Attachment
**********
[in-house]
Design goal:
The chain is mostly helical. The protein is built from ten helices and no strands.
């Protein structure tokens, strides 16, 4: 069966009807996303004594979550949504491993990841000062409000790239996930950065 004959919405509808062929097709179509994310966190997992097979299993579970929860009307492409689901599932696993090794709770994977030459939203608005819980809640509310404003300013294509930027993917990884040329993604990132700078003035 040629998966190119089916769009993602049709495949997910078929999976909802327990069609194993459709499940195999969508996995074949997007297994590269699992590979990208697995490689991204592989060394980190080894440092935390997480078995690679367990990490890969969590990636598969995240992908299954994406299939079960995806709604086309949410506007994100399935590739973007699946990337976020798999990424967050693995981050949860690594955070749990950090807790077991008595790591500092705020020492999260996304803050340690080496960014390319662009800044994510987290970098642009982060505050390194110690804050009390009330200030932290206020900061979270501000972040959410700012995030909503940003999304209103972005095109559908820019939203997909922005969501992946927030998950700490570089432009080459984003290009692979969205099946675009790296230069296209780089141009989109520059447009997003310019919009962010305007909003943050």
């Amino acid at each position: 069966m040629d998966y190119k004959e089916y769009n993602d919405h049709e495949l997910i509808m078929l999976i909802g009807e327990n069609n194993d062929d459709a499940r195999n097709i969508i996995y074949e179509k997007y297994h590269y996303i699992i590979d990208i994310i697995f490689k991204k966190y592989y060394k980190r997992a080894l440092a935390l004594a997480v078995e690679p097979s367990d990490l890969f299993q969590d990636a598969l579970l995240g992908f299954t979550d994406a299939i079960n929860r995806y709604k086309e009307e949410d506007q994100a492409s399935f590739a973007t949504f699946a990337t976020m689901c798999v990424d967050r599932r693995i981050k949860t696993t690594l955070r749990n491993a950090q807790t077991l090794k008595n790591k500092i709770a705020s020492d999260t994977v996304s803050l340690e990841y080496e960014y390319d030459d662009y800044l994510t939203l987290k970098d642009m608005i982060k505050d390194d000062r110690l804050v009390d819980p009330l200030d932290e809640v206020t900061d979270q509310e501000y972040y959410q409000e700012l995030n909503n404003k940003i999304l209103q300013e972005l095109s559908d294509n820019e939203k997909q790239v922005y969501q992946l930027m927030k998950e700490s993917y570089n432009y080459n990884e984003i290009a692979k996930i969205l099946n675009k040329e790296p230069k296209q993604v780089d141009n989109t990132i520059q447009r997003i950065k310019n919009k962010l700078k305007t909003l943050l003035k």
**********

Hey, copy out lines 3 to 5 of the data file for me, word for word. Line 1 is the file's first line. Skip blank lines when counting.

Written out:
The chain is mostly helical. The protein is built from ten helices and no strands.
């Protein structure tokens, strides 16, 4: 069966009807996303004594979550949504491993990841000062409000790239996930950065 004959919405509808062929097709179509994310966190997992097979299993579970929860009307492409689901599932696993090794709770994977030459939203608005819980809640509310404003300013294509930027993917990884040329993604990132700078003035 040629998966190119089916769009993602049709495949997910078929999976909802327990069609194993459709499940195999969508996995074949997007297994590269699992590979990208697995490689991204592989060394980190080894440092935390997480078995690679367990990490890969969590990636598969995240992908299954994406299939079960995806709604086309949410506007994100399935590739973007699946990337976020798999990424967050693995981050949860690594955070749990950090807790077991008595790591500092705020020492999260996304803050340690080496960014390319662009800044994510987290970098642009982060505050390194110690804050009390009330200030932290206020900061979270501000972040959410700012995030909503940003999304209103972005095109559908820019939203997909922005969501992946927030998950700490570089432009080459984003290009692979969205099946675009790296230069296209780089141009989109520059447009997003310019919009962010305007909003943050």
């Amino acid at each position: 069966m040629d998966y190119k004959e089916y769009n993602d919405h049709e495949l997910i509808m078929l999976i909802g009807e327990n069609n194993d062929d459709a499940r195999n097709i969508i996995y074949e179509k997007y297994h590269y996303i699992i590979d990208i994310i697995f490689k991204k966190y592989y060394k980190r997992a080894l440092a935390l004594a997480v078995e690679p097979s367990d990490l890969f299993q969590d990636a598969l579970l995240g992908f299954t979550d994406a299939i079960n929860r995806y709604k086309e009307e949410d506007q994100a492409s399935f590739a973007t949504f699946a990337t976020m689901c798999v990424d967050r599932r693995i981050k949860t696993t690594l955070r749990n491993a950090q807790t077991l090794k008595n790591k500092i709770a705020s020492d999260t994977v996304s803050l340690e990841y080496e960014y390319d030459d662009y800044l994510t939203l987290k970098d642009m608005i982060k505050d390194d000062r110690l804050v009390d819980p009330l200030d932290e809640v206020t900061d979270q509310e501000y972040y959410q409000e700012l995030n909503n404003k940003i999304l209103q300013e972005l095109s559908d294509n820019e939203k997909q790239v922005y969501q992946l930027m927030k998950e700490s993917y570089n432009y080459n990884e984003i290009a692979k996930i969205l099946n675009k040329e790296p230069k296209q993604v780089d141009n989109t990132i520059q447009r997003i950065k310019n919009k962010l700078k305007t909003l943050l003035k």